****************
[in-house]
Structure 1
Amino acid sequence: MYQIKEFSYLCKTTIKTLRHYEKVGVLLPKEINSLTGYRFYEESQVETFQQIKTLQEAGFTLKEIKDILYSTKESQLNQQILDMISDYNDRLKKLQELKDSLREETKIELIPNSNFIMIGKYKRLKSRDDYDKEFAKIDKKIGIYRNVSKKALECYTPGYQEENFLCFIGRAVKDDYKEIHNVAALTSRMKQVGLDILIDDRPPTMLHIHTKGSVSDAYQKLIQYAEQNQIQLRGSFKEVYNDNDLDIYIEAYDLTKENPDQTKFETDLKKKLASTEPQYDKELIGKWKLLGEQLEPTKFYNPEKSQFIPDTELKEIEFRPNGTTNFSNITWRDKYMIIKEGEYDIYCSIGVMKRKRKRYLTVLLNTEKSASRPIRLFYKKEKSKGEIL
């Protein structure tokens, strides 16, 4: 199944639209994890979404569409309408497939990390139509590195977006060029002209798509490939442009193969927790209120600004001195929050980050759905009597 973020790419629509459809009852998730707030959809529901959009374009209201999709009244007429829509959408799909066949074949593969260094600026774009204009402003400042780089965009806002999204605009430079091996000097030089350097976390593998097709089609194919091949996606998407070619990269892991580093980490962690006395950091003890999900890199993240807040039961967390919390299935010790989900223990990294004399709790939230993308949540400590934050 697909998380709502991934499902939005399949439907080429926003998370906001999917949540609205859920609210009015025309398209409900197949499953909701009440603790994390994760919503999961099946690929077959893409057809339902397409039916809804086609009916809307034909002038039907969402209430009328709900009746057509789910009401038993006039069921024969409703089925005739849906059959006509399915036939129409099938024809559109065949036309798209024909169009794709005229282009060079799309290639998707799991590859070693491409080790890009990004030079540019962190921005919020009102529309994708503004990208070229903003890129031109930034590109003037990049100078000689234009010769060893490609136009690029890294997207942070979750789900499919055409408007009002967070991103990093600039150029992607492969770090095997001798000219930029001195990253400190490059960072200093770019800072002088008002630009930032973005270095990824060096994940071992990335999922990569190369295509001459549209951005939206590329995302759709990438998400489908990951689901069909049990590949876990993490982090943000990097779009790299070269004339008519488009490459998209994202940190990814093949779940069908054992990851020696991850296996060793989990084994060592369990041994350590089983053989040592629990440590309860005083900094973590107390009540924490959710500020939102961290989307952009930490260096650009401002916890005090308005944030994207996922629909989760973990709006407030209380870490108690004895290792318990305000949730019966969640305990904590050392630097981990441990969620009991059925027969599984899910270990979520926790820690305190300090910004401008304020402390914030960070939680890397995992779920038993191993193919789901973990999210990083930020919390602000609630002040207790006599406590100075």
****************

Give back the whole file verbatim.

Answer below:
[in-house]
Structure 1
Amino acid sequence: MYQIKEFSYLCKTTIKTLRHYEKVGVLLPKEINSLTGYRFYEESQVETFQQIKTLQEAGFTLKEIKDILYSTKESQLNQQILDMISDYNDRLKKLQELKDSLREETKIELIPNSNFIMIGKYKRLKSRDDYDKEFAKIDKKIGIYRNVSKKALECYTPGYQEENFLCFIGRAVKDDYKEIHNVAALTSRMKQVGLDILIDDRPPTMLHIHTKGSVSDAYQKLIQYAEQNQIQLRGSFKEVYNDNDLDIYIEAYDLTKENPDQTKFETDLKKKLASTEPQYDKELIGKWKLLGEQLEPTKFYNPEKSQFIPDTELKEIEFRPNGTTNFSNITWRDKYMIIKEGEYDIYCSIGVMKRKRKRYLTVLLNTEKSASRPIRLFYKKEKSKGEIL
């Protein structure tokens, strides 16, 4: 199944639209994890979404569409309408497939990390139509590195977006060029002209798509490939442009193969927790209120600004001195929050980050759905009597 973020790419629509459809009852998730707030959809529901959009374009209201999709009244007429829509959408799909066949074949593969260094600026774009204009402003400042780089965009806002999204605009430079091996000097030089350097976390593998097709089609194919091949996606998407070619990269892991580093980490962690006395950091003890999900890199993240807040039961967390919390299935010790989900223990990294004399709790939230993308949540400590934050 697909998380709502991934499902939005399949439907080429926003998370906001999917949540609205859920609210009015025309398209409900197949499953909701009440603790994390994760919503999961099946690929077959893409057809339902397409039916809804086609009916809307034909002038039907969402209430009328709900009746057509789910009401038993006039069921024969409703089925005739849906059959006509399915036939129409099938024809559109065949036309798209024909169009794709005229282009060079799309290639998707799991590859070693491409080790890009990004030079540019962190921005919020009102529309994708503004990208070229903003890129031109930034590109003037990049100078000689234009010769060893490609136009690029890294997207942070979750789900499919055409408007009002967070991103990093600039150029992607492969770090095997001798000219930029001195990253400190490059960072200093770019800072002088008002630009930032973005270095990824060096994940071992990335999922990569190369295509001459549209951005939206590329995302759709990438998400489908990951689901069909049990590949876990993490982090943000990097779009790299070269004339008519488009490459998209994202940190990814093949779940069908054992990851020696991850296996060793989990084994060592369990041994350590089983053989040592629990440590309860005083900094973590107390009540924490959710500020939102961290989307952009930490260096650009401002916890005090308005944030994207996922629909989760973990709006407030209380870490108690004895290792318990305000949730019966969640305990904590050392630097981990441990969620009991059925027969599984899910270990979520926790820690305190300090910004401008304020402390914030960070939680890397995992779920038993191993193919789901973990999210990083930020919390602000609630002040207790006599406590100075």